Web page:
The pandemic has acted as an accelerant for several technologies, forcing companies to take multiple shortcuts on carefully laid out roadmaps to keep their businesses active and revenue coming in the door. Happily though, in most of these instances the technology was already production proven; all it required was the necessity to act which worked as an incentive to scale as well as overcoming any hesitancy in deployment.
The use of XR, or eXtended Reality, has been a case in point. Already proven at the high-end in video production and the live event space, the past 18 months have seen the use of the technology expand impressively, with a growing number of XR stages being rapidly deployed across industry sectors. Many were in the pipeline already and more have joined them, with plans originally scheduled to take years instead rolling out over months.
XR’s benefits may have been exacerbated by Covid and its ability to ensure socially distanced productions and events can take place, but the advantages it brings will ensure that there is no roll back once the sectors it has impacted return to normal post-pandemic. Indeed, activity in the sector actually looks to be ramping up as we emerge from lockdowns.
First, the economic benefits XR brings are significant. Its ability to recreate photorealistic sets and scenes obviates the need for location shooting, allowing productions to shoot far more pages a day, not be dependent on the weather, and save on the extensive costs of relocating and looking after cast and crew. The post production process is smoother as well, with lighting, for example, already synced precisely with the surrounding virtual scenes.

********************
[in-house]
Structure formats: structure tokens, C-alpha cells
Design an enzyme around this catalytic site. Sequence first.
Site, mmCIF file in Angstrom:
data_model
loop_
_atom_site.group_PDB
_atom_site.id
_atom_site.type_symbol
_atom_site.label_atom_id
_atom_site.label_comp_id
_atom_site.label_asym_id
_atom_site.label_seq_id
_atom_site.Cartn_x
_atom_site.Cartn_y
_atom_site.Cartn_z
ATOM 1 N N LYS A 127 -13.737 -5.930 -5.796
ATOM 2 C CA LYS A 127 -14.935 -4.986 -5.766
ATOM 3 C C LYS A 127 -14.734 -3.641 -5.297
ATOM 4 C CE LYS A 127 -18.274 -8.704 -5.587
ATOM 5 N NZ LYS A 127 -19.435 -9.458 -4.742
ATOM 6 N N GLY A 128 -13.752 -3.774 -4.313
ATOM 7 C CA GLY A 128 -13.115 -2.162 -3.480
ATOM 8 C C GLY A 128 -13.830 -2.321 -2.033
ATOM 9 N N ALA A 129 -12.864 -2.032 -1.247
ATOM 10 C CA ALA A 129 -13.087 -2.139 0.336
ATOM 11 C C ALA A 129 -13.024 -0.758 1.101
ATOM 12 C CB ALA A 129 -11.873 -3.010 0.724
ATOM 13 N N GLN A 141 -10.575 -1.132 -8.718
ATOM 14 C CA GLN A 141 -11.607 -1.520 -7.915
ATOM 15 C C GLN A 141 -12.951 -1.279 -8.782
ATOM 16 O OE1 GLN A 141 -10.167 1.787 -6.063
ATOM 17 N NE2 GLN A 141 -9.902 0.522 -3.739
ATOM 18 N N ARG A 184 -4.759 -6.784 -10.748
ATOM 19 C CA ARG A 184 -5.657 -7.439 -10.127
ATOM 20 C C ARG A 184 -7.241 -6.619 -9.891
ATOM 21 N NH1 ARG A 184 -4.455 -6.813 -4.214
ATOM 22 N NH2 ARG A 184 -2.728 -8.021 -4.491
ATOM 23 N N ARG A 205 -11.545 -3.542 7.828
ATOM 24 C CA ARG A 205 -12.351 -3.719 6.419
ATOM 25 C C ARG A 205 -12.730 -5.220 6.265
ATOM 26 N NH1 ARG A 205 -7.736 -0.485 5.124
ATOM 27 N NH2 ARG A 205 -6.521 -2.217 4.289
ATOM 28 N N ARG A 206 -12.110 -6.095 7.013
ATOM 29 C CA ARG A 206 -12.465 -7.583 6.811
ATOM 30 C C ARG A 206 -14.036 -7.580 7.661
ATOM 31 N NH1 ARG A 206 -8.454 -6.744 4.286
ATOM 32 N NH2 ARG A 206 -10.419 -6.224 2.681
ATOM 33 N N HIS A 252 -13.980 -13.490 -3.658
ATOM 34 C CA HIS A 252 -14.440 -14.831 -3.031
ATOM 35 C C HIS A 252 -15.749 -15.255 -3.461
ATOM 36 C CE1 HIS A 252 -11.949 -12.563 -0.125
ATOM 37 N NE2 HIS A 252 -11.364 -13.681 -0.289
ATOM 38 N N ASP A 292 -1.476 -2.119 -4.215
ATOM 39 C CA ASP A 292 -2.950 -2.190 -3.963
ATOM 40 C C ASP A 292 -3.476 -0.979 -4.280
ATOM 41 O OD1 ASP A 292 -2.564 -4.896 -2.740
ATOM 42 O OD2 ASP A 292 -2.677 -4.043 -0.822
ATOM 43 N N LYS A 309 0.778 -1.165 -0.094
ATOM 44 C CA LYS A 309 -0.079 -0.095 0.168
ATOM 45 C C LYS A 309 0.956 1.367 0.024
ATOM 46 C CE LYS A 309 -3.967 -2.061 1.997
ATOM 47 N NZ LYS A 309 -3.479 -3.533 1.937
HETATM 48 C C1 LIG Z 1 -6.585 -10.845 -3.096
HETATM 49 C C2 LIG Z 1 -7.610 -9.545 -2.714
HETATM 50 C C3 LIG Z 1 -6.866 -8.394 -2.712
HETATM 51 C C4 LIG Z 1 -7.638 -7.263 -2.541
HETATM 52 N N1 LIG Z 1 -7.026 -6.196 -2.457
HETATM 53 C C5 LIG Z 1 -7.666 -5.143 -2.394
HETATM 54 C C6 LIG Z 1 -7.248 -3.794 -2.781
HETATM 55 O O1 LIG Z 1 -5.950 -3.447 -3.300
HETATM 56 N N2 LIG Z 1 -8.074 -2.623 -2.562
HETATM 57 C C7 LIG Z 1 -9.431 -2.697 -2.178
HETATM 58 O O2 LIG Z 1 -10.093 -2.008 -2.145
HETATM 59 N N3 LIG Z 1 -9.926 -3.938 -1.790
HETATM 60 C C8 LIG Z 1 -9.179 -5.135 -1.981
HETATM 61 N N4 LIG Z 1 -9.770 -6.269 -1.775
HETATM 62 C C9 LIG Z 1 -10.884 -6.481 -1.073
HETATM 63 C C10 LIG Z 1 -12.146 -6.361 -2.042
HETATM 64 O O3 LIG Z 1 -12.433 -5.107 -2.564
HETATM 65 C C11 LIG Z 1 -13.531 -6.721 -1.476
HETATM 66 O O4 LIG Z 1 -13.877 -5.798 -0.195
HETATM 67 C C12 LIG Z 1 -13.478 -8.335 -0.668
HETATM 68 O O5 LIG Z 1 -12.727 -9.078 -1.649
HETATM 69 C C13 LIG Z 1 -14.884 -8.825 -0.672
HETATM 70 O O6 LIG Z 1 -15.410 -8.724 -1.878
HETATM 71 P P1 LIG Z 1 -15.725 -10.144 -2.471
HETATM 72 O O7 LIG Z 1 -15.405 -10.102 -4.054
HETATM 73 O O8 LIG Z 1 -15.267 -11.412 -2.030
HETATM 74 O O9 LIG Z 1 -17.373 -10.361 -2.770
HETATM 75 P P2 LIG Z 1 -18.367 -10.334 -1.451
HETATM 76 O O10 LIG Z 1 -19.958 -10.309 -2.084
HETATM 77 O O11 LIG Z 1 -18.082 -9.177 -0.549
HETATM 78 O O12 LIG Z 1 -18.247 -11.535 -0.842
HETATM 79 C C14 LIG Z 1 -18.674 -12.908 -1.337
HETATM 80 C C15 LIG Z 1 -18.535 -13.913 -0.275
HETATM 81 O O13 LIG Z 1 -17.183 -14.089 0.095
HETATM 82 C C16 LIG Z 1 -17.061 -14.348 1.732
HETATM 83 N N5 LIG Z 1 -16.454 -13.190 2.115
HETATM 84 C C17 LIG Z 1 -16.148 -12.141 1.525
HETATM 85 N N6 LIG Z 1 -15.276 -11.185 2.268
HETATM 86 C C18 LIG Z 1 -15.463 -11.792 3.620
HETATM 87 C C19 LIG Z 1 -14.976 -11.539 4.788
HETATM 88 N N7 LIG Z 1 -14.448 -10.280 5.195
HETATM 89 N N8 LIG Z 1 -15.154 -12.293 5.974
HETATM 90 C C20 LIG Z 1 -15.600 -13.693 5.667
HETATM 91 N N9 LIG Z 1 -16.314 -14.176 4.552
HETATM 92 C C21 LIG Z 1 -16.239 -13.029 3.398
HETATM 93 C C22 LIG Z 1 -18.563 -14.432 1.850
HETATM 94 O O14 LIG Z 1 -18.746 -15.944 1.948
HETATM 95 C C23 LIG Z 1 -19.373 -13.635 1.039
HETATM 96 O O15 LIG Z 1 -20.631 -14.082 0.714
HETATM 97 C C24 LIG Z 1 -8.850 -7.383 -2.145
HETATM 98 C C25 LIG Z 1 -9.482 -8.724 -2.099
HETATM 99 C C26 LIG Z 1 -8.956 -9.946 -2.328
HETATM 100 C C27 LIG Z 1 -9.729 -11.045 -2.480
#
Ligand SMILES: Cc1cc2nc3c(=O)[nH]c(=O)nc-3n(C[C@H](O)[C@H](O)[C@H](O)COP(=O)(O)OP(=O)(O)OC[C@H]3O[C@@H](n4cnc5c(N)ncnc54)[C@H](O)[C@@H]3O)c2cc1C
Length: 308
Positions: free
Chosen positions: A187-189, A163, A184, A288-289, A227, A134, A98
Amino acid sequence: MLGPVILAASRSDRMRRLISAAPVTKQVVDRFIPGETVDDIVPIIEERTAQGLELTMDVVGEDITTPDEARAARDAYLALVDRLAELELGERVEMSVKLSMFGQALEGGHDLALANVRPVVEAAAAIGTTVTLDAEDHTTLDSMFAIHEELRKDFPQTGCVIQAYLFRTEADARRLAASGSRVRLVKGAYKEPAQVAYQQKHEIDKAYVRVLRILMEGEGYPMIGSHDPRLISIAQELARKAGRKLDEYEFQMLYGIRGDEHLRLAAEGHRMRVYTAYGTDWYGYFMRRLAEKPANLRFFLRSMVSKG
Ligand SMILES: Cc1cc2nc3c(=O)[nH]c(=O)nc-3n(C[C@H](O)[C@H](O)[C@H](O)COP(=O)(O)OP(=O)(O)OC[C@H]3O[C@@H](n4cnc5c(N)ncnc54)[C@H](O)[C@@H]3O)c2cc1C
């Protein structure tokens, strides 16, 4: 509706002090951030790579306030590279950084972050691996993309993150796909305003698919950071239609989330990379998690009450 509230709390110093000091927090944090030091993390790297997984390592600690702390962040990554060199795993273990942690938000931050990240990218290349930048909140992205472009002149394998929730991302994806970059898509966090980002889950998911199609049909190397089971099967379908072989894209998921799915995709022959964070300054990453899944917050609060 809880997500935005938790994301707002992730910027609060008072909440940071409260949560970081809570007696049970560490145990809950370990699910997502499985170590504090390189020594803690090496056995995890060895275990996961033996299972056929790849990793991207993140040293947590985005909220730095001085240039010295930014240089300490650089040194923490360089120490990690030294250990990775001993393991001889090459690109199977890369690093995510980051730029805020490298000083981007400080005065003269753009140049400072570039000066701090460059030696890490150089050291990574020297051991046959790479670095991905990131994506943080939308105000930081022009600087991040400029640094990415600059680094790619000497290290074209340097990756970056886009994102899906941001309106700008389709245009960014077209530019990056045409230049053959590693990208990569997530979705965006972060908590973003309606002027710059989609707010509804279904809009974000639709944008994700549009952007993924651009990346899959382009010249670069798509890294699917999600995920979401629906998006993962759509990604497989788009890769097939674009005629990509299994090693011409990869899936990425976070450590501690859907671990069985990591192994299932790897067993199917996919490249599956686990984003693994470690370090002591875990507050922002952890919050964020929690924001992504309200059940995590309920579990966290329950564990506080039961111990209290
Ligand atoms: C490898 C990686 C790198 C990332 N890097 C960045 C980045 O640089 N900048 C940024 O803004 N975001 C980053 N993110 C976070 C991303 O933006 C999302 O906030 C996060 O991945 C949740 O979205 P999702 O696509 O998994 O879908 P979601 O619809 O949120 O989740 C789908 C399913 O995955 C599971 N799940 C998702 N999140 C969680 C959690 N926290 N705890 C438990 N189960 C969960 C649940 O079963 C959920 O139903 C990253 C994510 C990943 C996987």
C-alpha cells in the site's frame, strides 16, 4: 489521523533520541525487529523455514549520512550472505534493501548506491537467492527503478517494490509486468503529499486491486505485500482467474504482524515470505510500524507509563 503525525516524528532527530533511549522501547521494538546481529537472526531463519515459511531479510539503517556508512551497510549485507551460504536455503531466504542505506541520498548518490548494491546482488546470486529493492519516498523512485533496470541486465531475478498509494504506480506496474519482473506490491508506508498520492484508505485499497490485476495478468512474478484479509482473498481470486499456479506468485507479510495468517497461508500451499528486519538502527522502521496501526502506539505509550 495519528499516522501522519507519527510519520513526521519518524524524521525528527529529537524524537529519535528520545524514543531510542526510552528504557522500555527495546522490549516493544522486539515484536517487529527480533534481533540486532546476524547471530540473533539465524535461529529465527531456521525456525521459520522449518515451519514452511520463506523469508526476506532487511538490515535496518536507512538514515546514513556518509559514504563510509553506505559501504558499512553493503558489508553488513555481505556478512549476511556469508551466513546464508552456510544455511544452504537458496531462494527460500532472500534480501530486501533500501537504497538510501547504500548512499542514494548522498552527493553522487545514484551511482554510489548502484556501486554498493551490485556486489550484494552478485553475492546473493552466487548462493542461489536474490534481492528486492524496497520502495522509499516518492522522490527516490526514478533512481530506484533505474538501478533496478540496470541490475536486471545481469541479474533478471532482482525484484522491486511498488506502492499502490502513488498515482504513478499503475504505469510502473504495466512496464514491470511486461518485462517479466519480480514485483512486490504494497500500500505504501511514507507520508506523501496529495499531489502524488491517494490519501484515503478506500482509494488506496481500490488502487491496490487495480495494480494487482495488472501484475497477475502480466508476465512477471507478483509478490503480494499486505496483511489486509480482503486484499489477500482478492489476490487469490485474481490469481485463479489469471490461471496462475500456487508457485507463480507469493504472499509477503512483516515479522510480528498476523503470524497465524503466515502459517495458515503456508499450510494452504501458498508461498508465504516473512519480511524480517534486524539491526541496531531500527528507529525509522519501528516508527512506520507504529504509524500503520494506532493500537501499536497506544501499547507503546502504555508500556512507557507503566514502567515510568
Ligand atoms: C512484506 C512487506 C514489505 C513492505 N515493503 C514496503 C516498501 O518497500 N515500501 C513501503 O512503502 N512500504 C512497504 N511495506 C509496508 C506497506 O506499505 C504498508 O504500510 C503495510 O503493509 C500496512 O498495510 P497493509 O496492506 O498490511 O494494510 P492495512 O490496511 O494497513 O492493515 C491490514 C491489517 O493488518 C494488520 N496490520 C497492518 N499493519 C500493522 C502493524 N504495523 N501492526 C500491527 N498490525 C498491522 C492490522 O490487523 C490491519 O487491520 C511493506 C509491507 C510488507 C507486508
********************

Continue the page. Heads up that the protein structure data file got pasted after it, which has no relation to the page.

Secondly, these factors all obviously carry over into producing significant environmental benefits. There is little legislation in this space currently, but the expectation is that that will change and that carbon neutrality at the very least will become an important attribute.
Thirdly, the creativity it enables is impressive. As the virtual environments that wrap around LED volumes have become more photorealistic, so the uses they can be put to are becoming more widespread. In the movie field we tend to associate XR with special effects heavy productions, but there are many scenes even nestling within existing titles that showcase that it can still be used for more mundane settings. The costs per hour of genres such as period drama can be driven downwards as a result.
And lastly, let’s not forget quality. The games engines that drive XR are evolving all the time, the LED screens are getting larger, the capture volumes that they enclose greater. XR is at the confluence of several different industries which are all seeing accelerated development and the result is a picture quality that dramatically improves on the green screen technology that has held sway over the industry for decades.
This is where we sit with the technology at Lightware Visual Engineering. While there is a lot of technology agnosticism within XR, Brompton Technology LED controllers are well on their way to becoming a de facto standard within the industry and our matrices work closely with them to add significant functionality behind the scenes.
You can, of course, make basic XR stages fairly simply by simply linking a media server to an LED controller and a bank of screens. The stage the industry is moving to next though is the one where we constantly refine what we have and continually amp up the quality. For example, we enable LED volumes to drive larger screens and provide more capture space as a result, as well as adding the ability to handle 10-bit colour, HDR, and Rec. 2020 colour spaces — all of which are essential for providing the very best quality images. We enable productions to send the imagery destined for the LED screens to other monitors, that can be situated on set or elsewhere, allowing directors, camera teams, and other departments to keep on top of what is happening. We also ensure redundancy within a system, and manage to accomplish all this without interfering with any synchronisation, which is a mission-critical requirement when you’re stitching large plates together in realtime on multiple screens.
XR technology works and it works reliably and at scale. What’s coming next is further refinement at the high-end coupled with increasing use amongst productions and live events of all sizes as the technology scales and the costs come down. XR might have received its initial acceleration during the pandemic, but as Covid slowly recedes the momentum behind it is only speeding up.